From this comparison table, you can analyse that IoTHub is the right candidate for your IoT solution needs, as Event Hub lacking certain capabilities that are essential for an IoT Ingestion point. If you are only requiring to send messages to cloud and doesn’t require any fancy stuff as IoTHub provides, you can choose Event Hub.

Remember with more power comes more responsibility, that’s what IotHub intend to provide to you.

Hope this overview was helpful. Please feel free to comment or initiate a discussion any time. Please share your feedbacks on this article as well.

Redis Cache–Azure Plans

August 13, 2016 .NET, ASP.NET, Azure, Cloud Computing, Data Caching, Data Hubs, Emerging Technologies, KnowledgeBase, Microsoft, Performance, Redis Cache, Windows Azure Development No comments

redis-white

Azure Redis Cache, a secure data cache based on Open source Redis Cache, which will provide you a fully managed/serviced instance from Microsoft. Means you don’t have to bear the burden of managing the server/software patches etc..

What is Redis Cache?

Redis is an open source (BSD licensed), in-memory data structure store, used as a database, cache and message broker. It supports data structures such as strings, hashes, lists, sets, sorted sets with range queries, bitmaps, hyperloglogs and geospatial indexes with radius queries. Redis has built-in replication, Lua scripting, LRU eviction, transactions and different levels of on-disk persistence, and provides high availability via Redis Sentinel and automatic partitioning with Redis Cluster.

You can run atomic operations on these types, like appending to a string; incrementing the value in a hash; pushing an element to a list; computing set intersection, union and difference; or getting the member with highest ranking in a sorted set.

In order to achieve its outstanding performance, Redis works with an in-memory dataset. Depending on your use case, you can persist it either by dumping the dataset to disk every once in a while, or by appending each command to a log. Persistence can be optionally disabled, if you just need a feature-rich, networked, in-memory cache.

Redis also supports trivial-to-setup master-slave asynchronous replication, with very fast non-blocking first synchronization, auto-reconnection with partial resynchronization on net split.

5 High-level Use Cases of Redis Cache

1. Session Cache
One of the most apparent use cases for Redis is using it as a session cache. The advantages of using Redis over other session stores, such as Memcached, is that Redis offers persistence. You can maintain your applications user, role and authorization permission lists etc in Redis Cache for faster accessibility.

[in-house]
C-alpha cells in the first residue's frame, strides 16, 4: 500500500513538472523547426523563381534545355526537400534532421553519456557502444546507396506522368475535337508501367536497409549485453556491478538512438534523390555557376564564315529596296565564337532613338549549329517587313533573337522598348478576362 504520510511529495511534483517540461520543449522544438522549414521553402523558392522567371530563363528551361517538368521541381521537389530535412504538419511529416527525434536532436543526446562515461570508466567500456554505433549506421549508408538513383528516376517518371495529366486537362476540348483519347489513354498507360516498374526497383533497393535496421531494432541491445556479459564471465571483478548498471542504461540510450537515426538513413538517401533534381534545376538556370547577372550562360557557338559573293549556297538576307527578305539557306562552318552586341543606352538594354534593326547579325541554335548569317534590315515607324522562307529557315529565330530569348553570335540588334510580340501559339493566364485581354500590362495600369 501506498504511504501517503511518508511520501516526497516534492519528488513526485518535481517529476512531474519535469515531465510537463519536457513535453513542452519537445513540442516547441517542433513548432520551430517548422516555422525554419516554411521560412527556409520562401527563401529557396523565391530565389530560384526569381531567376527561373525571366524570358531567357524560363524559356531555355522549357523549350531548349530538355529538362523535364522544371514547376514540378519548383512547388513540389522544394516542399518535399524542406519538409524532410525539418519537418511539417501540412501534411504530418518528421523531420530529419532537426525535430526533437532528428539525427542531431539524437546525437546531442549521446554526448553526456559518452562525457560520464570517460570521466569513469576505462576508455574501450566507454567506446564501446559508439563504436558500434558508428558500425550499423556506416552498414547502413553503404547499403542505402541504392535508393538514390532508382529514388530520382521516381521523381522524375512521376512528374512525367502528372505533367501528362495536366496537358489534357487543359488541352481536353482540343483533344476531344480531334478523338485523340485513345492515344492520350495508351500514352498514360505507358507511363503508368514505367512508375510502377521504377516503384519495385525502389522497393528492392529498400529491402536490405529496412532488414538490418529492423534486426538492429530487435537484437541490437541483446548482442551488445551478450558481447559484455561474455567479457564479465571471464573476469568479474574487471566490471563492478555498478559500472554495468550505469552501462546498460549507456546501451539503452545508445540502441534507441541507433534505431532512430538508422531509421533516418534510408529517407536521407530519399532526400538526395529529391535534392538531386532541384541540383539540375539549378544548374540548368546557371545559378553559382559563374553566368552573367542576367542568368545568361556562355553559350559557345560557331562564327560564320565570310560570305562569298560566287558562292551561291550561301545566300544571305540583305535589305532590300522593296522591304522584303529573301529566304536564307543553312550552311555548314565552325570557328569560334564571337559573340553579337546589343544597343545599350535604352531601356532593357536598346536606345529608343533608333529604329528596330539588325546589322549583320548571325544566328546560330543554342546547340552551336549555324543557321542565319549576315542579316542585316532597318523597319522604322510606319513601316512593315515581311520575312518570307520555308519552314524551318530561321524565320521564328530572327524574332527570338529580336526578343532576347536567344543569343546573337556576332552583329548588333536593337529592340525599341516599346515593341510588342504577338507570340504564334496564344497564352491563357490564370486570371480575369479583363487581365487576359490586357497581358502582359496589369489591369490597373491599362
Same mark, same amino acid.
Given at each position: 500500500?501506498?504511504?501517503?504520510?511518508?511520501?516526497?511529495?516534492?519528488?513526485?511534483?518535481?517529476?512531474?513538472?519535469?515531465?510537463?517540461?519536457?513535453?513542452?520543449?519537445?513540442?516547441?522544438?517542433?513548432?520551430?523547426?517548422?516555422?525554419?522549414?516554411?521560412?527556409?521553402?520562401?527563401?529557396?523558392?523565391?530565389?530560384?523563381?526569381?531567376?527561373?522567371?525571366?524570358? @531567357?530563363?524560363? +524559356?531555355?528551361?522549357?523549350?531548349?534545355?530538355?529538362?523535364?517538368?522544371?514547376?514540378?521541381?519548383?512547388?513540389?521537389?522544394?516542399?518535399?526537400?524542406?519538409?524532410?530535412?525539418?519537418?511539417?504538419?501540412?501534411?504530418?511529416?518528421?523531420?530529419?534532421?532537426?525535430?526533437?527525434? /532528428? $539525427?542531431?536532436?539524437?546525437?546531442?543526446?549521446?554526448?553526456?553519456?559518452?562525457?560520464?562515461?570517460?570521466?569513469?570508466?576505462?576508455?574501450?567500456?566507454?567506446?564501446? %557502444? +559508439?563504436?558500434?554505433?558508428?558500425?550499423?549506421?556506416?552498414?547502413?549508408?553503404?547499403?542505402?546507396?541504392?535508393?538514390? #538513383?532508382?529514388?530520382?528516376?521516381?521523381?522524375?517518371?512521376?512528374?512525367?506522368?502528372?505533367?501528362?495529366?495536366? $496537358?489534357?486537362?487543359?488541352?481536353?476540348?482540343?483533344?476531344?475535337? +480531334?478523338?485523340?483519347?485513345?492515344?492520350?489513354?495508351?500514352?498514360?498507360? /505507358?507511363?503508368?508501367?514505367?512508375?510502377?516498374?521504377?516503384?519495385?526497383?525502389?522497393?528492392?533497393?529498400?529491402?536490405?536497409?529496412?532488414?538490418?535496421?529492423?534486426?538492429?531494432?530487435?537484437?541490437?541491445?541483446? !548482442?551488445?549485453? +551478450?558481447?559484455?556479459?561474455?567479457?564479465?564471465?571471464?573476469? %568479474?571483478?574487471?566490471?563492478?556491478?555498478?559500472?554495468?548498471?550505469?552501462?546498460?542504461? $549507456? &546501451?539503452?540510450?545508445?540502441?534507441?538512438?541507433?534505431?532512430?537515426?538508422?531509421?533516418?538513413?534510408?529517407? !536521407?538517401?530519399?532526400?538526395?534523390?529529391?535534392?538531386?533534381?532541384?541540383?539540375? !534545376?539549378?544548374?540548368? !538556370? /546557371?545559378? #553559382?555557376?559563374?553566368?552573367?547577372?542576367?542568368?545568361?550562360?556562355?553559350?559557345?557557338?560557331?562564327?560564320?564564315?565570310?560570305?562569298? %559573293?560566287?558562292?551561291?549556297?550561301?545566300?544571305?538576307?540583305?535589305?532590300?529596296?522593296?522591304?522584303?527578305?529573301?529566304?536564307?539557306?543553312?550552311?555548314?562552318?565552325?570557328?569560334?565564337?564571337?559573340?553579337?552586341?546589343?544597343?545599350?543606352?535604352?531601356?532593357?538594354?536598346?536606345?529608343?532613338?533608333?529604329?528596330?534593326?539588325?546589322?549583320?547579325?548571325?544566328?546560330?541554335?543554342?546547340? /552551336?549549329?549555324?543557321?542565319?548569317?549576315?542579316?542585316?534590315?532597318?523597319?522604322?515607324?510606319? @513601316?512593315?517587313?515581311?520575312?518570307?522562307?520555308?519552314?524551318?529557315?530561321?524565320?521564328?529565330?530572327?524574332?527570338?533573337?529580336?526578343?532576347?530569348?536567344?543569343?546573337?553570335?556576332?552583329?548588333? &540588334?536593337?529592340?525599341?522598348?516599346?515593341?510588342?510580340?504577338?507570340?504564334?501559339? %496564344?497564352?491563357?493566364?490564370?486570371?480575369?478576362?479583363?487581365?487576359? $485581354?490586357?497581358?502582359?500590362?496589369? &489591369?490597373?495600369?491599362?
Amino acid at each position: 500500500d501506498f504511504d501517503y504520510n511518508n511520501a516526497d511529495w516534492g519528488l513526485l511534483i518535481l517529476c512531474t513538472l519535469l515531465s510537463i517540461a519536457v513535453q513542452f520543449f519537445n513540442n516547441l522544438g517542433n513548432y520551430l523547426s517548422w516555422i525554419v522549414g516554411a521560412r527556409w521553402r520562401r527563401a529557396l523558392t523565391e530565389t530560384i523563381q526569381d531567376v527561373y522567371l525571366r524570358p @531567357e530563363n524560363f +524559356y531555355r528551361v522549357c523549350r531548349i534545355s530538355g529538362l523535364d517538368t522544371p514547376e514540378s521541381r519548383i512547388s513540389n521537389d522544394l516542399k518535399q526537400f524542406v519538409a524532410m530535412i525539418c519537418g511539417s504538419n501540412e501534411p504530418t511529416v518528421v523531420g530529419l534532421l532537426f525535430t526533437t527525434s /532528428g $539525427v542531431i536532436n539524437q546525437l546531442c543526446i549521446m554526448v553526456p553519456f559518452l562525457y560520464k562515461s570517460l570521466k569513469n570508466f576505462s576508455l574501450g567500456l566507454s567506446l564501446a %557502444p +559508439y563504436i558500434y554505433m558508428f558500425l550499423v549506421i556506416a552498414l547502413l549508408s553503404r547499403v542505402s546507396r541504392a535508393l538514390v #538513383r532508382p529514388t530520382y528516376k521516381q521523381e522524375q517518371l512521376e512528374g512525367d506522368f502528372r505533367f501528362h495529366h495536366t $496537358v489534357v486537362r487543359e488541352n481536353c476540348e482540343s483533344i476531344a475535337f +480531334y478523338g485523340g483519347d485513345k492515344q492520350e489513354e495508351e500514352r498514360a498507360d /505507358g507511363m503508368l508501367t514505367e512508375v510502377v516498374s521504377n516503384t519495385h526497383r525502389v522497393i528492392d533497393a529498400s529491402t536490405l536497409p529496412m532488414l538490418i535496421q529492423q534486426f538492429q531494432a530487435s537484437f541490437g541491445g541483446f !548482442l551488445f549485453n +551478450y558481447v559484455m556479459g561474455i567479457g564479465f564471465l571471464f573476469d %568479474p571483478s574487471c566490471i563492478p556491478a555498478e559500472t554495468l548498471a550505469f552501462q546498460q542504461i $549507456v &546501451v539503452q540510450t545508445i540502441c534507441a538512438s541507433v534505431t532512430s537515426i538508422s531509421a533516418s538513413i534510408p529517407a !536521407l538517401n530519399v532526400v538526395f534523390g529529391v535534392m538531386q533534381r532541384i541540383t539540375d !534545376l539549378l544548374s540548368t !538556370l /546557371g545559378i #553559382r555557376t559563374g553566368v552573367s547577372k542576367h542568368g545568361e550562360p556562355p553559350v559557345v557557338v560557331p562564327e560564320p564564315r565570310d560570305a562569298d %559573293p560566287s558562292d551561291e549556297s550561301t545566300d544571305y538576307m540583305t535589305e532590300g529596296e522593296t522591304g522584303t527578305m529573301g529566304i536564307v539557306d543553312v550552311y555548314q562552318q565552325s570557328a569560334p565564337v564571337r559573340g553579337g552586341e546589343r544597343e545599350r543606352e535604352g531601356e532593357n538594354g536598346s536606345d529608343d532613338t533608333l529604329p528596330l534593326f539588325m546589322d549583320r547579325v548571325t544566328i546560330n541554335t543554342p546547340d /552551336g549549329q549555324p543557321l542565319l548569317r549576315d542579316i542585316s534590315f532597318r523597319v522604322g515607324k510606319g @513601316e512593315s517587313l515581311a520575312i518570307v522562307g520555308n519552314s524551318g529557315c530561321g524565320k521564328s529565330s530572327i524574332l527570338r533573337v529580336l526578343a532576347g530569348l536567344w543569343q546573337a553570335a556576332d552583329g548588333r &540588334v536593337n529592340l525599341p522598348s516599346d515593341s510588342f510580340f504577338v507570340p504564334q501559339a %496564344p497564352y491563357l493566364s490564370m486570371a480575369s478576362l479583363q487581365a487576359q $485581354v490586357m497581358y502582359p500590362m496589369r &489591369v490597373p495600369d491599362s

2. Full Page Cache (FPC)
Outside of your basic session tokens, Redis provides a very easy FPC platform to operate in. Going back to consistency, even across restarts of Redis instances, with disk persistence your users won’t see a decrease in speed for their page loads

3. Queues
Taking advantage of Redis’ in memory storage engine to do list and set operations makes it an amazing platform to use for a message queue. Interacting with Redis as a queue should feel native to anyone used to using push/pop operations with lists in programming languages such as C#, Python, Java, Php etc.

4. Leaderboards/Counting
Redis does an amazing job at increments and decrements since it’s in-memory. Sets and sorted sets also make our lives easier when trying to do these kinds of operations, and Redis just so happens to offer both of these data structures.

5. Pub/Sub
The use cases for Pub/Sub are truly boundless. You can use it for social network connections, for triggering scripts based on Pub/Sub events, and even a chat system built using Redis Pub/Sub!

[Courtesy: ObjectRocket]

Finally let us come to context of this blog to take you to essential pricing model from Microsoft:

Azure Redis Cache is available in three tiers:

  • Basic—Single node, multiple sizes, ideal for development/test and non-critical workloads. The Basic tier has no SLA.
  • Standard—A replicated cache in a two-node primary/secondary configuration managed by Microsoft, with a high-availability SLA.
  • Premium—All of the Standard tier features, including a high-availability SLA, as well as better performance over Basic and Standard-tier caches, bigger workloads, disaster recovery, redis persistence, redis cluster, enhanced security and isolation through Virtual Network Deployment.
  • ** Basic and Standard caches are available in sizes up to 53 GB(250 MB, 1 GB, 2.8 GB, 6 GB, 13 GB, 26 GB, 53 GB. )
  • ** Premium caches are available in sizes up to 530 GB with more on request.

[Courtesy: Microsoft]

Useful Links: